Detroit Zoo celebrates birth of male Bactrian camel

Calf can be seen in habitat across from Horace H. Rackham Memorial Fountain

(Jennie Miller, Detroit Zoo)

ROYAL OAK, Mich. The Detroit Zoo is celebrating the birth of a male Bactrian camel born May 18, to 6-year-old mother Suren and 6-year-old father Rusty. The calf can be seen in the camel habitat across from the Horace H. Rackham Memorial Fountain.

"Suren is an attentive and experienced mother and she is keeping a close eye on her gangly little calf," said Elizabeth Arbaugh, Detroit Zoological Society Curator of Mammals.

Camels are born after a gestation period of 12 to 14 months, and a newborn calf is able to stand and walk alongside its mother in as little as 30 minutes. The calf weighed 126 pounds at birth and currently stands about 3 feet tall on long, slender legs. His coat is soft and gray but will eventually grow thick and coarse as it changes to a sandy brown. A camel's humps are limp at birth, consisting mostly of skin and hair. When the calf reaches about 6 months old, the humps will become more defined as they fill with fat.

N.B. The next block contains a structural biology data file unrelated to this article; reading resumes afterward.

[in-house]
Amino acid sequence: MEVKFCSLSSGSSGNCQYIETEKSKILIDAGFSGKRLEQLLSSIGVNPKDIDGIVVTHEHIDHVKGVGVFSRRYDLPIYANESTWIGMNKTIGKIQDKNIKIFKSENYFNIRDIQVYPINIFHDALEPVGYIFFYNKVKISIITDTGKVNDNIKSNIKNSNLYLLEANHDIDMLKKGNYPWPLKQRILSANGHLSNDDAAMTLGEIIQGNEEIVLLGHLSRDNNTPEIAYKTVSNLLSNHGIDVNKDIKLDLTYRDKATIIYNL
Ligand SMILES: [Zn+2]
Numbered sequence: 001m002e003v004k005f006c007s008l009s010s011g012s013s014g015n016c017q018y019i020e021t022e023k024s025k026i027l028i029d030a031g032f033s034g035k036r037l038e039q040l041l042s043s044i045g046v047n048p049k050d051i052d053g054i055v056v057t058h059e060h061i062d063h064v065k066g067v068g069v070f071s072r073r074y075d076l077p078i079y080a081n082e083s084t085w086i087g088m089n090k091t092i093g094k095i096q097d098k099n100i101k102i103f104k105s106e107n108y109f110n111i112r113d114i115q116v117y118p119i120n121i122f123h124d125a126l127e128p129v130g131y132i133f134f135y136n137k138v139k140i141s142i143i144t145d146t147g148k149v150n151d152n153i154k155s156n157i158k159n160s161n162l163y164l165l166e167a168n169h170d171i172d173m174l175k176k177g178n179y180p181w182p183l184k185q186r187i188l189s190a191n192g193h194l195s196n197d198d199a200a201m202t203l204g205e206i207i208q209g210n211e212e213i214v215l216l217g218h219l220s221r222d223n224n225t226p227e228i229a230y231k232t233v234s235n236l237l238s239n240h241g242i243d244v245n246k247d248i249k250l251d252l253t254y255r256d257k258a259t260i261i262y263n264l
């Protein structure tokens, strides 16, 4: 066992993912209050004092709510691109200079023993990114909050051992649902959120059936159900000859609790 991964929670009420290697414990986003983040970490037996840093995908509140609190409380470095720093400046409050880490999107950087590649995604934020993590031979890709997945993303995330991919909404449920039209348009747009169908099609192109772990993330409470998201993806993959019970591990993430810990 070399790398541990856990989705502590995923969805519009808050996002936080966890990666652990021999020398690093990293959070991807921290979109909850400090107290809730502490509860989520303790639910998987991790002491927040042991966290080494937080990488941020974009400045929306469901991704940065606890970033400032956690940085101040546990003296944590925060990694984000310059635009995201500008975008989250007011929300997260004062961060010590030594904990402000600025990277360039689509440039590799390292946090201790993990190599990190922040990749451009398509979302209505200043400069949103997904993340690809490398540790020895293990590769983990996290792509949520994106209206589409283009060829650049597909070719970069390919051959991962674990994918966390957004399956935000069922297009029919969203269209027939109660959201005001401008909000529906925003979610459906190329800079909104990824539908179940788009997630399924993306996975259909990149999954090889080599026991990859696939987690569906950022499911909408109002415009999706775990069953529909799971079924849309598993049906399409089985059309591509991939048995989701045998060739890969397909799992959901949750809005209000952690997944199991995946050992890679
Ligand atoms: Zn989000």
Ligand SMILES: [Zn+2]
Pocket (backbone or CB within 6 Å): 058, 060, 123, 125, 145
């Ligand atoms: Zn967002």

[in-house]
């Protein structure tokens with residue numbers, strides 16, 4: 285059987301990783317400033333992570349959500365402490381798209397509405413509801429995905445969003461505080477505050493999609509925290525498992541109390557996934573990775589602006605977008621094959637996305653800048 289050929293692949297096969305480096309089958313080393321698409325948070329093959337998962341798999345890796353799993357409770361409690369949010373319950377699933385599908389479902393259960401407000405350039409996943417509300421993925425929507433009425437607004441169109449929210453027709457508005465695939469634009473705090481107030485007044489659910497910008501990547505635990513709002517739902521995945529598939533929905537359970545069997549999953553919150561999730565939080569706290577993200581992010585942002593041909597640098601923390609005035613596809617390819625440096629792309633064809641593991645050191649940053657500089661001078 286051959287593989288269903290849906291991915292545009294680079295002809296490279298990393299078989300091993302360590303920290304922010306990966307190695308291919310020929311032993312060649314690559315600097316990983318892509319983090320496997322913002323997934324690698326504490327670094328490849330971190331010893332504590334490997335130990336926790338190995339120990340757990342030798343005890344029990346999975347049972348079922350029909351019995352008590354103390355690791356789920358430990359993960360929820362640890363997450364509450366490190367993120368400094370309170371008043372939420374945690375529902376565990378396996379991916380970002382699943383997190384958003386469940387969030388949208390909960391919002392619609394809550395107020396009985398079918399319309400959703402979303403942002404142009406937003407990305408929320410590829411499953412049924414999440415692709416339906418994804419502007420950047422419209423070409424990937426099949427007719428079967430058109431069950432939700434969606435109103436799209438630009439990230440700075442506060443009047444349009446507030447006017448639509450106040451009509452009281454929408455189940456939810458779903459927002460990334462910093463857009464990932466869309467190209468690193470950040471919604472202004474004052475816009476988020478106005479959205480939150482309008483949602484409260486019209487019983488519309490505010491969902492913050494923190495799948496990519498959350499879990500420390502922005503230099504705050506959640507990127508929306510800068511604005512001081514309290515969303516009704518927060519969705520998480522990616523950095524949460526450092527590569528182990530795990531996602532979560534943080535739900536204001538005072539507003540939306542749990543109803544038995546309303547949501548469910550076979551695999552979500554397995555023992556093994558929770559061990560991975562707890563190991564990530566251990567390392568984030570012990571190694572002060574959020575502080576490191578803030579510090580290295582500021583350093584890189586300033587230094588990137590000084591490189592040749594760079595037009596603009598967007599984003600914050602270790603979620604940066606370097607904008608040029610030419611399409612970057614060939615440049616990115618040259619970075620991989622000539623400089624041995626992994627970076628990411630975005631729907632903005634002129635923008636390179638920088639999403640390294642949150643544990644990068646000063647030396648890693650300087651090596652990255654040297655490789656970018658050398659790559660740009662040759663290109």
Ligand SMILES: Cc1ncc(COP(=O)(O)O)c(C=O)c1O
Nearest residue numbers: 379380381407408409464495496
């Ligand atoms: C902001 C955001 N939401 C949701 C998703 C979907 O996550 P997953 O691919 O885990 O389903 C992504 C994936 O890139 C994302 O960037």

While the Detroit Zoo's Bactrian camels are domestic, wild Bactrian camels are critically endangered, numbering fewer than a thousand in Central and East Asia. "On many days, there are more visitors at the Zoo than there are wild Bactrian camels in the world," said Arbaugh.

The Bactrian camel (Camelus bactrianus) stands about 7 feet tall at the humps and weighs up to 1,600 pounds when it reaches maturity at around age 4. The species has many physical adaptations for life in a harsh desert environment. Its two-toed large feet allow it to walk across desert sand without sinking, and two rows of long, thick eyelashes and narrow, slit-like nostrils can be quickly closed to keep the sand out.

With the ability to survive in temperatures ranging from minus 20 degrees to 122 degrees Fahrenheit, Bactrian camels are well-suited to Michigan's climate. They grow thick winter coats to withstand cold temperatures, and in the summer their coats shed away in large clumps, giving them a ragged, unkempt appearance.

Contrary to popular belief, camels store fat – not water – in their humps, providing energy when food is limited. The Bactrian camel has two humps, compared to the dromedary camel, which has one. The easiest way to remember this camel trivia is to turn the first letter of the camel's name on its side. "B" for Bactrian has a double hump and "D" for dromedary has a single hump.